>>> Maybe it's because I'm getting older and it was a long time ago, but I loved all the high-school and teenage drama.
>>> Catfishing aside, I liked the notion that the image we present to others versus who we want to be are often two different characters. And that sometimes we need to find people who help us reconcile both those identities to find (and accept) the true person underneath.
>>> I liked the reflection of coming to grips with emotionally charged situations, carrying the heavy burdens of anxiety or peer pressure, and how that realness and authenticity “lightens the burden” and makes us feel seen and heard.
>>> The relationship dynamic between Jeanette, her mother, and her sister really got to me. The situation, the emotion, the struggle, ALL of it -- something about the way the author described this made it feel so real to me. And, even as heartbreaking as it was, it really felt like the icing to the story to me -- it was definitely my favorite aspect to the story.

There were some plot points I wish were fleshed out further with a few more chapters, it seems like there's still a lot more story here that we can get into. The book is labelled as the second in a series. I'm definitely going to add the first book (The Boy Who Lived in the Ceiling) to my tbr, and hope that there will be a third installment on the horizon.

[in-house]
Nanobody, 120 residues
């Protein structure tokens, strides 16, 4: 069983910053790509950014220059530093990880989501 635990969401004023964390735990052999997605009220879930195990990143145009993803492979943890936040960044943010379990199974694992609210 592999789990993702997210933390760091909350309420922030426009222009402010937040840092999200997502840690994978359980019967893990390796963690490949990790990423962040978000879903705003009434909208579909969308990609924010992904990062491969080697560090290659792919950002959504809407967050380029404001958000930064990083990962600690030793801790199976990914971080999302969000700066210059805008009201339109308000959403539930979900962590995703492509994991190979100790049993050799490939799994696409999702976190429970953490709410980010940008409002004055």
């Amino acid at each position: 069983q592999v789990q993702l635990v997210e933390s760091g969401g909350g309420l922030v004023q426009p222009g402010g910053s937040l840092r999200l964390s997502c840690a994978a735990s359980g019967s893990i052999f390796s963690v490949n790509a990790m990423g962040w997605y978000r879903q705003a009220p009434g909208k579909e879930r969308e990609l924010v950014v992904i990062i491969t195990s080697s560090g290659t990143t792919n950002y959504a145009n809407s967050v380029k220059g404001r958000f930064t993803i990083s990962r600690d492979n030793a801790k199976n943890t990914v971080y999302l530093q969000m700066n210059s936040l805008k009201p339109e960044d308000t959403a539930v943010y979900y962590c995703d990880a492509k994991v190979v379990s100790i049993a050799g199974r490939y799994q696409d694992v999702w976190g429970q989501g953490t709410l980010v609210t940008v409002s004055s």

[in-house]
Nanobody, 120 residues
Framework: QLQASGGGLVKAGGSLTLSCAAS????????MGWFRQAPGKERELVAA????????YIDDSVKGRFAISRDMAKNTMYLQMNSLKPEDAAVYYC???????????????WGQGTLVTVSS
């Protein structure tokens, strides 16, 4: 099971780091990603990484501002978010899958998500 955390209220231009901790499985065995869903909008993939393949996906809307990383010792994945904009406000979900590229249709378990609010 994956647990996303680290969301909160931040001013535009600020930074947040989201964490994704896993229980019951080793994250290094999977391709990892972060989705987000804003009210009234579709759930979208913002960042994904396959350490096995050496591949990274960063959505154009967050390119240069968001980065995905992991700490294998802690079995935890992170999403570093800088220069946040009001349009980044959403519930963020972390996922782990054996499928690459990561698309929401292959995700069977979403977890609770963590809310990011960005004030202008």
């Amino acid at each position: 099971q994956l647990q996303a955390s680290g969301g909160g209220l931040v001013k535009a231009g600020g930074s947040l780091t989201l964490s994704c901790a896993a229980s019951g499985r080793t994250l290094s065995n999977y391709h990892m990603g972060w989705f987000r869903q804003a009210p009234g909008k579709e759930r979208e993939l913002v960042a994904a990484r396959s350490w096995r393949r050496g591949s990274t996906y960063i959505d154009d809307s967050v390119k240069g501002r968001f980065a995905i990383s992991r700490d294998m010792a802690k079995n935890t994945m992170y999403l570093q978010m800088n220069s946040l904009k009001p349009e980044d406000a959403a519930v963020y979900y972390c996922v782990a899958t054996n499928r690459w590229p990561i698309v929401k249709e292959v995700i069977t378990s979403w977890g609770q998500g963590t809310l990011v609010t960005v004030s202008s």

Bottom line: I would recommend, with some caution for trigger warnings (anxiety disorder, mental health issues, domestic violence, anger issues)

#TheGirlWhoWasnt #NetGalley

This review will be shared on IG @reads.with.joy and on my blog readswithjoy.wordpress.com/
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What a sweet and touching read!

After LOVING the first book (The boy who lived in the ceiling) I was so excited to read this.

The girl who wasn't, focuses on the life of Jeanette (Violet's friend from book 1) and the relationship with her mother and then a new friend, Jack.
Just like the first book, this story is an insight into the struggles that some people faced behind the closed doors of 'home.'  After the separation from her father, Jeanette's mother has crumbled into depression and become a compulsive hoarder.
Meanwhile, Jack's mother is aggressive and occasionally violent to his father.
It also touches on the dangers of social media, peer pressure and bullying over peoples appearance.

As the story progresses, both characters learn to stand up for themselves despite surround pressures and eventually find the courage to be their true selves.

There's a little twist in the love story at the end, but don't worry, it's still a happy ending!

Overall, a great YA read, 3.5 stars.

Thank you to #netgalley for the copy. 
This review will be shared on IG @ByElleJayce
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My rating ~ 4.5.